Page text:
With photogrammetric mapping we can identify two additional groups of fractures in the Stanford Hill. The first is a swarm of tension cracks that strike approximately north on the northwest end of the hill (3821820N and 540860E). The tension cracks trend directly toward a group of thrust faults that strike easterly along the base of Stanford Hill. We have seen and described similar structures at other locations, most notably the Happy Trail shear zone on the Johnson Valley fault (Johnson and others, 1993, 1994) and Summit Ridge in the San Andreas fault zone (Johnson and Fleming, 1993). The fractures form as tension cracks oriented at a clockwise angle to the main rupture trend. The cracks divide the ground into prismatic blocks that are rotated by further right-lateral shearing. The rotation produces a small component of left-lateral shift on the tension cracks and shortening parallel to their lengths (Terres and Sylvester, 1981). Some of these are shown in Arrowsmith and Rhodes (their fig. 5, 1994) and Aydin and Du (their fig. 6b, 1994).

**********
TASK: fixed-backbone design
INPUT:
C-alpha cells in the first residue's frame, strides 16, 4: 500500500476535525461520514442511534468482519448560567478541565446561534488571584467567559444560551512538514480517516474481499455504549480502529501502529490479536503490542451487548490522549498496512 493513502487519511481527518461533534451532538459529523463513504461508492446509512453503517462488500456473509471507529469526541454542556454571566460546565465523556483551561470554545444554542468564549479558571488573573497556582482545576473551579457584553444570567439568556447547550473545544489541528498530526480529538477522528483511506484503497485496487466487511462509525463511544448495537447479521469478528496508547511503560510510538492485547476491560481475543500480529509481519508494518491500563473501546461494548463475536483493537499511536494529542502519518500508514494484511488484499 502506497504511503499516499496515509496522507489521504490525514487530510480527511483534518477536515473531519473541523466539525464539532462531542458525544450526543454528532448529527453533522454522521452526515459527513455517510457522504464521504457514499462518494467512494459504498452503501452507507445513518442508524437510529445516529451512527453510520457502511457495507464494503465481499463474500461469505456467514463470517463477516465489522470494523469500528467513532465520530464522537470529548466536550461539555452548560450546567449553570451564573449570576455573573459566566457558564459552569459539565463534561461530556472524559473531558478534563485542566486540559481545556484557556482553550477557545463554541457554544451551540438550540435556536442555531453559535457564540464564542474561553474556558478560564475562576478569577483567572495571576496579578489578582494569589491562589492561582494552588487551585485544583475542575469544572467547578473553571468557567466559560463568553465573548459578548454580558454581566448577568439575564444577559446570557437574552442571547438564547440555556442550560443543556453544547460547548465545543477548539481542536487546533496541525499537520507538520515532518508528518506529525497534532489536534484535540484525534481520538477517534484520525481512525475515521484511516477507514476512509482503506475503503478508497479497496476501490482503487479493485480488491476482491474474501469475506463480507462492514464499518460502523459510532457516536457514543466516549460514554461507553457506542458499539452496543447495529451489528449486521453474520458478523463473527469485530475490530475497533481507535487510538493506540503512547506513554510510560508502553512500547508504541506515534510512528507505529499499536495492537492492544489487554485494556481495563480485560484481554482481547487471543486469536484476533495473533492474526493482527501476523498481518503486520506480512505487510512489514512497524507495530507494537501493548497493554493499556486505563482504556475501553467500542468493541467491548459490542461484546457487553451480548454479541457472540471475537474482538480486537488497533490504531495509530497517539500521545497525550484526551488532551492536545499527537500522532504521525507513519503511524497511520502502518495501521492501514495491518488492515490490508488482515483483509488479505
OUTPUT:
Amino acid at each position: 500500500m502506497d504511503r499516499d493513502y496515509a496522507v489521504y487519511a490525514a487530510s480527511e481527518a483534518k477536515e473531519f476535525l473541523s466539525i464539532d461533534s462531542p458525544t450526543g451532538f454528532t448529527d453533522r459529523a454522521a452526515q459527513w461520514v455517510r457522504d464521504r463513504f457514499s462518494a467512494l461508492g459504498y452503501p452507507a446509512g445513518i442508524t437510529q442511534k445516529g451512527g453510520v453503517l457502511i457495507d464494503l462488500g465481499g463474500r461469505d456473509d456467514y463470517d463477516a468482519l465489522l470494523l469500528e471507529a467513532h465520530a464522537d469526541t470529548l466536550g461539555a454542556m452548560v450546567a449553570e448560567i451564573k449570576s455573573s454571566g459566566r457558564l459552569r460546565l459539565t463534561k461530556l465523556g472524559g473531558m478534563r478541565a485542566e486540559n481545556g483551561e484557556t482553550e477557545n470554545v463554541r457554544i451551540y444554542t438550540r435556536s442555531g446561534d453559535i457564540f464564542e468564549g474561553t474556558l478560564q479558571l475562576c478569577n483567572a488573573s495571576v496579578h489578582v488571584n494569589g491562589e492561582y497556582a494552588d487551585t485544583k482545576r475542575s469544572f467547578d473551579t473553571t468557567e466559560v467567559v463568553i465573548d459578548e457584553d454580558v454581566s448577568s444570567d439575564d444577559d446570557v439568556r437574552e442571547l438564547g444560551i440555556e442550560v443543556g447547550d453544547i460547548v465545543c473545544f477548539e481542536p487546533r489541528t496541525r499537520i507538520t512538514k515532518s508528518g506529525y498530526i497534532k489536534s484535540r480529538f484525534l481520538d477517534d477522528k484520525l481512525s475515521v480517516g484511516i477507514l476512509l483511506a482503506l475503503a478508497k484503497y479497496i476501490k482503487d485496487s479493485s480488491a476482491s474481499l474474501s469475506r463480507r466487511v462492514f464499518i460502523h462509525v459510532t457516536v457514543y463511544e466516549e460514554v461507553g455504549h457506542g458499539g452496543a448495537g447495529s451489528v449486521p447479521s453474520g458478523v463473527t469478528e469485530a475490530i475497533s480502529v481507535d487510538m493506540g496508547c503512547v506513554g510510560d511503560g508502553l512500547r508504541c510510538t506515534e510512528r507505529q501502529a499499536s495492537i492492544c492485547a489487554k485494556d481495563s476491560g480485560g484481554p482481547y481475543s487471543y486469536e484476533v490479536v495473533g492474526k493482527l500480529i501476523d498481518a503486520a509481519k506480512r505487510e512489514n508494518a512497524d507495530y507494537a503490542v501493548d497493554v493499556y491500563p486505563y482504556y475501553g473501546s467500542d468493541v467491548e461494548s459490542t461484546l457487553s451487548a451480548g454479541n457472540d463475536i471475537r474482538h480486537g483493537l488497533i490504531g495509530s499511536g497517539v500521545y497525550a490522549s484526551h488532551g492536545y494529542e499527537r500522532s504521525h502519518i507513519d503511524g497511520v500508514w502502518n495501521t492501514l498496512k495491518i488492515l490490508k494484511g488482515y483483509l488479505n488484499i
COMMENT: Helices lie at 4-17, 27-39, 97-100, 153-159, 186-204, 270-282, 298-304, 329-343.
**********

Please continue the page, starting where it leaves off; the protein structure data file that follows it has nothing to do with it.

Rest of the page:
The other distinctive fracture group in Stanford Hill consists of two north-side-up, curving, bedding-plane fracture zones. One fracture group was mapped as a thrust fault and the other as a scarp. The more northerly of the two is about 75 m north of the label "Stanford Hill". On the west side, the fracture zone begins (3821250N, 540900E) near the north-trending tension cracks described above. Here, the zone looks like it contains a component of right-lateral shift. About 75 m from the west end, a thrust-like feature occurs parallel to the fracture zone, and the north side is up relative to the south side. Overall this fracture zone is nearly 300 m long. The second fracture zone is parallel to the first and occurs about 75 m south of the label "Stanford Hill". The zone was mapped largely as a scarp with the north-side up; however, this scarp may also be a reverse fault similar to the other one that is 150 m to the north. On the west side of the zone, the scarp is replaced by a group of short, curving fractures and a few short, thrust-like features. On the east side of the zone, the scarp occurs together with a sinuous thrust-like structure that curves toward the south and ends. Overall, this group of fractures is about 200 m long. The kinematics of these two fracture zones is ambiguous. Both the thrust fault of the first fracture zone and the scarp of the second zone could represent reverse, bedding-plane faulting. The other fractures associated with the two zones locally indicate both left and right-lateral shift.